Food Processor Danish Pastry
Ok, so whoa!, not the most pretty photograph there. But that's my half batch (plus a bit) of Danish pastry made in the food processor, in its frozen state. This is what I used for the base (lid?) of my tarte tatin in the previous post, as suggested in Nigella's Domestic Goddess. In a previous life, not that long ago, I would never have considered making my own pastry, let alone pastry that used yeast in it....or a Danish pastry! See how I've grown! My second foray into yeast cookery, and I'm intact. Granted, there was no kneading or proofing involved in this recipe, but baby steps, ok. Baby steps.
This was the best pastry I've ever tasted, in its raw state. I know there's just something so wrong about plucking off blobs of raw pastry pebbled with chunks of cold butter, but man that yeasty, slightly sweet flavour was good.
And a word on butter content. This recipe uses a whole block (250g in Australia), which yes, is a lot. However, most recipes require a half batch - so 125g butter. Now, most of those recipes make something that creates about 8 slices or 6 portions, so your butter content in your portioned bit of pastry is about 15 to 20 grams.That's about a tablespoon. Not so much, is it? Most people would have about that on 2 pieces of toast. So, rather than having conniptions about the butter involved in this pastry, just forego your morning toast or lunchtime sandwich with butter. And enjoy something truly delicious. Pastry made with real butter has to be better for your than the spooky stuff they put in commercial and frozen pastry. For more interesting info on how butter can be good for your health, check out this great post on Cooking For Engineers (scroll down)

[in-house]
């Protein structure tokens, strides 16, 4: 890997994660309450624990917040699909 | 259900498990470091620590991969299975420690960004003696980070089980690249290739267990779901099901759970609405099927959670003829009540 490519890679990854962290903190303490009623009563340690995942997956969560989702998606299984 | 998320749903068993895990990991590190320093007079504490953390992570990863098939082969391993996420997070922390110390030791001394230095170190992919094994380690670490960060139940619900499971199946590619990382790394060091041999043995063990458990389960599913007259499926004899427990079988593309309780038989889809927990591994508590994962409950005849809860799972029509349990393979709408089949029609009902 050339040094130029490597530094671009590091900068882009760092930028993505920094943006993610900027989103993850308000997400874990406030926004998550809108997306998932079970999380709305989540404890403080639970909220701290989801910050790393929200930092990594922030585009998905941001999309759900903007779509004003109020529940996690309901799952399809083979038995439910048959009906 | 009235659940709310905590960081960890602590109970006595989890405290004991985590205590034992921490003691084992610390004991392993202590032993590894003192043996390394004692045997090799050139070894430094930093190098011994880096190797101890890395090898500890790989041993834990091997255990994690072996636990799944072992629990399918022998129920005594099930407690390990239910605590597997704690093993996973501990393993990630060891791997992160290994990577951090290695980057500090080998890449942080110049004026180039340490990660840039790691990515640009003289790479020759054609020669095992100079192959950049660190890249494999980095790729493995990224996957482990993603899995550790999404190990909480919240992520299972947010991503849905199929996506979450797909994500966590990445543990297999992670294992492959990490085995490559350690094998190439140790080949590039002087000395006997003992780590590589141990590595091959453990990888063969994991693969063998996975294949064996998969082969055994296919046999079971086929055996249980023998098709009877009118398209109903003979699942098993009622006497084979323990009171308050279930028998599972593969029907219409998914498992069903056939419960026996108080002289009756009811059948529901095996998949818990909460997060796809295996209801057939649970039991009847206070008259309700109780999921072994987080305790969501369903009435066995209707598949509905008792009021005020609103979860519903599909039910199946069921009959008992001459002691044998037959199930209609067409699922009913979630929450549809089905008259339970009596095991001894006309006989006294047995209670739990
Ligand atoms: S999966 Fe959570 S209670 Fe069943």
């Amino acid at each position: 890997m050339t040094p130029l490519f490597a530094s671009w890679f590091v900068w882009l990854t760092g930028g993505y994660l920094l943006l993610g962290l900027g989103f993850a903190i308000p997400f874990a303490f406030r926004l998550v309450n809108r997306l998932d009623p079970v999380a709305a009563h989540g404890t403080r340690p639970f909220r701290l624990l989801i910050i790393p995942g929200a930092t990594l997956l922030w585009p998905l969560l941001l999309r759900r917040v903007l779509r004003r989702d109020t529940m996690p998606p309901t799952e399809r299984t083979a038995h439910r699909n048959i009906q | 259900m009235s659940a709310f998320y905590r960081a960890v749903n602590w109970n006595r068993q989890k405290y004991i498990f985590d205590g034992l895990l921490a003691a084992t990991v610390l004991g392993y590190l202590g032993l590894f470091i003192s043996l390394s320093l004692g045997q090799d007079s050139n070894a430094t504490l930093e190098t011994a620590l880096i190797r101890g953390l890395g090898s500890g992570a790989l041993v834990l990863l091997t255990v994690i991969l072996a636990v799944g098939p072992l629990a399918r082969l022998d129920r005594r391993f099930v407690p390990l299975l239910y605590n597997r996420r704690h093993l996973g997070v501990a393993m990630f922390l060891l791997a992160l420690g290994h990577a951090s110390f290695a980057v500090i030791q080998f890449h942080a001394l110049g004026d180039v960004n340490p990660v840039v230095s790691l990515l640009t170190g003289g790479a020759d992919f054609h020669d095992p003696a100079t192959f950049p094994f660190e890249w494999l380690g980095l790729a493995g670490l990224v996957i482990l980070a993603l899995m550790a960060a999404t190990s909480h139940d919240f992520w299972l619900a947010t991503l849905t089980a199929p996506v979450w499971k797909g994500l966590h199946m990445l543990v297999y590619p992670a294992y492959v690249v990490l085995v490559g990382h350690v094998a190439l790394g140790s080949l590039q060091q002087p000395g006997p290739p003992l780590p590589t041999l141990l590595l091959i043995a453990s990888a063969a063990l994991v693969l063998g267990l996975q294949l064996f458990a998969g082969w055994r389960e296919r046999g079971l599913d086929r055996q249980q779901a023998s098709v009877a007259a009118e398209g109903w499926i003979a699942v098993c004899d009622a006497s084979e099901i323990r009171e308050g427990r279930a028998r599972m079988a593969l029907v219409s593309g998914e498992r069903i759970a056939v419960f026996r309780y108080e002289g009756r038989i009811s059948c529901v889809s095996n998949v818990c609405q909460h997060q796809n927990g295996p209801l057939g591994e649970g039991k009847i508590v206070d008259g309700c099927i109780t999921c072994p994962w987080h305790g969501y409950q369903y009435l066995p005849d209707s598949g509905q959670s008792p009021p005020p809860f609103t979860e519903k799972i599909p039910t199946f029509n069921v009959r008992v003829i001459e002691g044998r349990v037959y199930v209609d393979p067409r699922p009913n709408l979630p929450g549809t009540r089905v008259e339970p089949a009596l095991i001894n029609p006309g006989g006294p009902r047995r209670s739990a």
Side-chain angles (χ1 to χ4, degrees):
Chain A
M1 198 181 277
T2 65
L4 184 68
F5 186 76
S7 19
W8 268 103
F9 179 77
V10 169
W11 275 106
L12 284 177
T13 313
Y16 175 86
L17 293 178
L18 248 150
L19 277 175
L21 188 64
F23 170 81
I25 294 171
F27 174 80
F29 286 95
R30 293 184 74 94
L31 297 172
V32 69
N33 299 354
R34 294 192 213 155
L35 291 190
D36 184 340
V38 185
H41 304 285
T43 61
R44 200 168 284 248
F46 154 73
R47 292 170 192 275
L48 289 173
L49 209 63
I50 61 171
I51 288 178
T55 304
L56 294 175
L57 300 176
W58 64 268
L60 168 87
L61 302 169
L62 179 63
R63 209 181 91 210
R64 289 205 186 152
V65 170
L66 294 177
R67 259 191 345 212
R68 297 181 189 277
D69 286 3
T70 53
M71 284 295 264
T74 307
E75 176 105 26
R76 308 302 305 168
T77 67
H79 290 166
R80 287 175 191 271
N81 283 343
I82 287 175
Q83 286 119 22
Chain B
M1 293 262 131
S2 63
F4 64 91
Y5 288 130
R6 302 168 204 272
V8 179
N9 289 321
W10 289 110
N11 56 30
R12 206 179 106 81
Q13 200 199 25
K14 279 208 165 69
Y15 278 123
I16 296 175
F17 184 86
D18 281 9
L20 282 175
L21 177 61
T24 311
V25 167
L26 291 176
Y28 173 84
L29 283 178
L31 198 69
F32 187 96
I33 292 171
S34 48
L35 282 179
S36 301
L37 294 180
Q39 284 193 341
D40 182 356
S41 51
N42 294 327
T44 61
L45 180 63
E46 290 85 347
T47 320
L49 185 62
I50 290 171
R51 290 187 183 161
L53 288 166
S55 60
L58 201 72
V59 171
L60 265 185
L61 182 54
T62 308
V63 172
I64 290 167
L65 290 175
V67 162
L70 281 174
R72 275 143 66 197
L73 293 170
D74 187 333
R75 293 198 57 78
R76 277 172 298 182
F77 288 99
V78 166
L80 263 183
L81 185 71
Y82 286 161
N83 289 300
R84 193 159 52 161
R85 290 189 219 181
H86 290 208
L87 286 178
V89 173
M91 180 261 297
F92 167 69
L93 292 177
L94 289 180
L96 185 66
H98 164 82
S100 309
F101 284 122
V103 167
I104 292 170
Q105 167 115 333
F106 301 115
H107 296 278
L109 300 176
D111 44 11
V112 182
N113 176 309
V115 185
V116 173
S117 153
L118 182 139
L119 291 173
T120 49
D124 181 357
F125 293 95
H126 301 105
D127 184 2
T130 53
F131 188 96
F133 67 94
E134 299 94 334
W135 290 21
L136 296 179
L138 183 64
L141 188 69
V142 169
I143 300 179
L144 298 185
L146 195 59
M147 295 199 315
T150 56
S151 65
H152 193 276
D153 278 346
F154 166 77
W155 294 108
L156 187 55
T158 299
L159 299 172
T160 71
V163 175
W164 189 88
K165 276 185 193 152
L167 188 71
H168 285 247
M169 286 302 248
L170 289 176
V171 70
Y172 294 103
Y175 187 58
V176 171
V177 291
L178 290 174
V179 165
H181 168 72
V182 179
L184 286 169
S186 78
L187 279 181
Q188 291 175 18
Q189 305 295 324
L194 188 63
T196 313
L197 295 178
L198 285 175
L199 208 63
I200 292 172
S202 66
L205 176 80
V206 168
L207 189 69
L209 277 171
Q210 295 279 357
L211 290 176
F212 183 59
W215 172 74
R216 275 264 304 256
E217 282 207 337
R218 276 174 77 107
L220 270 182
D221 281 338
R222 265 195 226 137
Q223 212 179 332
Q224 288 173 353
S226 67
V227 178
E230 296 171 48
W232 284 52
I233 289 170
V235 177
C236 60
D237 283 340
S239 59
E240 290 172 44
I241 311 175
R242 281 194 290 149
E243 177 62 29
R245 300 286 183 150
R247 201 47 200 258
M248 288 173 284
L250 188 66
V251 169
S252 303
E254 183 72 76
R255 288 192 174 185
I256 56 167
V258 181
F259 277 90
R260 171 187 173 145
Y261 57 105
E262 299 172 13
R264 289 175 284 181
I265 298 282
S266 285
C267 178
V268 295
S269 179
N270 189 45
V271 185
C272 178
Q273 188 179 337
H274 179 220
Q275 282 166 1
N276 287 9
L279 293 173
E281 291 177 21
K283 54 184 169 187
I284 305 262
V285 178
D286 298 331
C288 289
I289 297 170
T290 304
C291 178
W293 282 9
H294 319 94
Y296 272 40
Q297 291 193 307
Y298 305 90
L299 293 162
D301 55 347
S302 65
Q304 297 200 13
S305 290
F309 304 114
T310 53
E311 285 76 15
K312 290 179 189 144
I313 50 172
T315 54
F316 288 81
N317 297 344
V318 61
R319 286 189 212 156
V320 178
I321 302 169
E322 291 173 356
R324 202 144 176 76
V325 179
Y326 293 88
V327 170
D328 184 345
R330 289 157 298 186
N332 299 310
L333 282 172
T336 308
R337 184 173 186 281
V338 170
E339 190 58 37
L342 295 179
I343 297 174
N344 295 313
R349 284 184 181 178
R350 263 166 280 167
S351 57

I couldn't quite tell if this was really superlative pastry in my tarte tatin, as the flavour of the apples and caramel was so strong, but I plan to use this half batch to make some almond danishes for my mum's birthday in a few weeks, so I'll get back to you on that. It was definitely better than my usual sheet of frozen puff pastry, though!
Read on for the recipe: